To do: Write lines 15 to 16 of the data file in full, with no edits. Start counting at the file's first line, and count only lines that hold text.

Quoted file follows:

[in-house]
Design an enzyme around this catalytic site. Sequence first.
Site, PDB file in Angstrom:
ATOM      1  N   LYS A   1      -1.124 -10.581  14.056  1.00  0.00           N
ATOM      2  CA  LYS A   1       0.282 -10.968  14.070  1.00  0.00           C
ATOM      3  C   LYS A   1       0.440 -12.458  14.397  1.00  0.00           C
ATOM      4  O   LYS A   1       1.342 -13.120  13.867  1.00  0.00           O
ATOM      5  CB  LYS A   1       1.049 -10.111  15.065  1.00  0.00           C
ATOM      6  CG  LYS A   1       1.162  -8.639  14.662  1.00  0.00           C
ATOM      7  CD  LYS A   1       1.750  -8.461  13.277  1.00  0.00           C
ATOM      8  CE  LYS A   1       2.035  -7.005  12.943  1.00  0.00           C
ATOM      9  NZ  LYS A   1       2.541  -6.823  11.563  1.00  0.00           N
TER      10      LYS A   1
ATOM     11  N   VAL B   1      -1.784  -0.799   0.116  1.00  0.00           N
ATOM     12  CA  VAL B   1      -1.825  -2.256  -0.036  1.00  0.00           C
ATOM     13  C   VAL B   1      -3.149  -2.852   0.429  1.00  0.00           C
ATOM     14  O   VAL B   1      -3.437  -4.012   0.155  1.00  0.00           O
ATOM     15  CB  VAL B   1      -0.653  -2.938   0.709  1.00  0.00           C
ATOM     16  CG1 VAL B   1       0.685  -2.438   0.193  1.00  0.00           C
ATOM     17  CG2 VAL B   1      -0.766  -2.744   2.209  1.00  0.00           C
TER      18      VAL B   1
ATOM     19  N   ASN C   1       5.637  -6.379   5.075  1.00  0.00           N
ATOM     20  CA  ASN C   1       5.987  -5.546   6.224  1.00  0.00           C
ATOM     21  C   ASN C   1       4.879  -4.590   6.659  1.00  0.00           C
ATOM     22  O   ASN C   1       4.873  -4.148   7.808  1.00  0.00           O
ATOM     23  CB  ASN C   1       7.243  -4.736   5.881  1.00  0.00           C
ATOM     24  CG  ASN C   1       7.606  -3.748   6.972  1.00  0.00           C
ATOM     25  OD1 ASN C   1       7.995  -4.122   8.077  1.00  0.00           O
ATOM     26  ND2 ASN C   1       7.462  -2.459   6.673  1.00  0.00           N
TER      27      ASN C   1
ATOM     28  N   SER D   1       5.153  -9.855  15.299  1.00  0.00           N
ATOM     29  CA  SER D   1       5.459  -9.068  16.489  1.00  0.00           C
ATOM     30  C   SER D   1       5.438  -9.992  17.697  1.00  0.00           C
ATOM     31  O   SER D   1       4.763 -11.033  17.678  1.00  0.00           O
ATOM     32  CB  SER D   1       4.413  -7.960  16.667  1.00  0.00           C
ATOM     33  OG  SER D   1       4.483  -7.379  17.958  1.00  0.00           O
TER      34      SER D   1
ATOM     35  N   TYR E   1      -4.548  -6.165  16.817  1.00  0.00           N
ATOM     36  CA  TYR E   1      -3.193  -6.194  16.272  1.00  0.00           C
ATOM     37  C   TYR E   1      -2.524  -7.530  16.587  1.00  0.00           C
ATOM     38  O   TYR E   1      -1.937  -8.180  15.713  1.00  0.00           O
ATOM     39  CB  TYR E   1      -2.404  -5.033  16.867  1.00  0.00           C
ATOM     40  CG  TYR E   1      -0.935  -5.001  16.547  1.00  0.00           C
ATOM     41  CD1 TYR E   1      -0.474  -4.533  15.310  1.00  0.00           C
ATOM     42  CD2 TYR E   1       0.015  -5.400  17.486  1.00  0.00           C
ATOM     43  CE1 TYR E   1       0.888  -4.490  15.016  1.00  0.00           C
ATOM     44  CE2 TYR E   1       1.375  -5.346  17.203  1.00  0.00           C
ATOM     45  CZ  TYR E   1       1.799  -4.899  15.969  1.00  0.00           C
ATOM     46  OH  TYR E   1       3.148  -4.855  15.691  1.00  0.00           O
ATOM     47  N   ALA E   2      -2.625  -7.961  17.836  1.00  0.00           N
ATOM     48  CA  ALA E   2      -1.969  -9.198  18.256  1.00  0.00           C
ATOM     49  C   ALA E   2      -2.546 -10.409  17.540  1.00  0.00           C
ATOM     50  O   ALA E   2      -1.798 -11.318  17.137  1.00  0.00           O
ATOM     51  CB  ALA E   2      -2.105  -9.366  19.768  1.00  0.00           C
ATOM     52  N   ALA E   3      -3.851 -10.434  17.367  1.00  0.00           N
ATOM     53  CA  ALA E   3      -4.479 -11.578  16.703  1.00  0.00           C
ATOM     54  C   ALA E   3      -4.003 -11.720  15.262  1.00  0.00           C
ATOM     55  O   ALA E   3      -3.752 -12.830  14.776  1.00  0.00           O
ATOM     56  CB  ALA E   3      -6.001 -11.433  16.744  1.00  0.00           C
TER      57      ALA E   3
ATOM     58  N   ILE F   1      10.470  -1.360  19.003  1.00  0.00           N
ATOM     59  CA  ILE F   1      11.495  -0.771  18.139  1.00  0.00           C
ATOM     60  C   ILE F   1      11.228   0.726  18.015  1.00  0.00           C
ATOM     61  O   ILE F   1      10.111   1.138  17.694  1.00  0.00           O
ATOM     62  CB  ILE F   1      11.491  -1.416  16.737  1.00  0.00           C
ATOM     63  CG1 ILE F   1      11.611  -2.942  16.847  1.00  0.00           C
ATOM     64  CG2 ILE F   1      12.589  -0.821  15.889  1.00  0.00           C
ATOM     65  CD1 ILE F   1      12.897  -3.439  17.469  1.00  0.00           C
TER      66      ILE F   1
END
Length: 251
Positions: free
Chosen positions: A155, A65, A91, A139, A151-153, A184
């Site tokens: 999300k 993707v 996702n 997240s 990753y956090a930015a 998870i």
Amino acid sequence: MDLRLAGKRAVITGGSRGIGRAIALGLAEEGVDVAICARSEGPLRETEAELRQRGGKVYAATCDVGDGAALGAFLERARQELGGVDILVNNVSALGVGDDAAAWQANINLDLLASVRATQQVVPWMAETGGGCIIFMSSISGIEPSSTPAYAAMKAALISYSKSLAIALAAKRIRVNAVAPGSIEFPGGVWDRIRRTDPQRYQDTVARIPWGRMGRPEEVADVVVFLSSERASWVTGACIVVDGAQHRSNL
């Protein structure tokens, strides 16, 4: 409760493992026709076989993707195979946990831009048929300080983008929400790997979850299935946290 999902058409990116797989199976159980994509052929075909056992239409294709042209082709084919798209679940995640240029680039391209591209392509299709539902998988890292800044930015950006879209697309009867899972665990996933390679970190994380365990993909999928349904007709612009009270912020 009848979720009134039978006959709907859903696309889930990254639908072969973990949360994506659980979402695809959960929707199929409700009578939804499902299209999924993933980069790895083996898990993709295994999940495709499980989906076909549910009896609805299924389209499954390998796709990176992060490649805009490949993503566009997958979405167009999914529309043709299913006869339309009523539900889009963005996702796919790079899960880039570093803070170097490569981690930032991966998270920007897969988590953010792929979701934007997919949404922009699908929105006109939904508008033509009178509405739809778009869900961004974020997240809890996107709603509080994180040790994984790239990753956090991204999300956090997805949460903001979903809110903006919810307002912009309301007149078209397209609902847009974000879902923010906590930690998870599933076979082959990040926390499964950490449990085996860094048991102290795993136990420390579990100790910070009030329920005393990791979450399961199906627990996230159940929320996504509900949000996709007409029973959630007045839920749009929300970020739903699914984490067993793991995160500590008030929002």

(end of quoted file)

ATOM     12  CA  VAL B   1      -1.825  -2.256  -0.036  1.00  0.00           C
ATOM     13  C   VAL B   1      -3.149  -2.852   0.429  1.00  0.00           C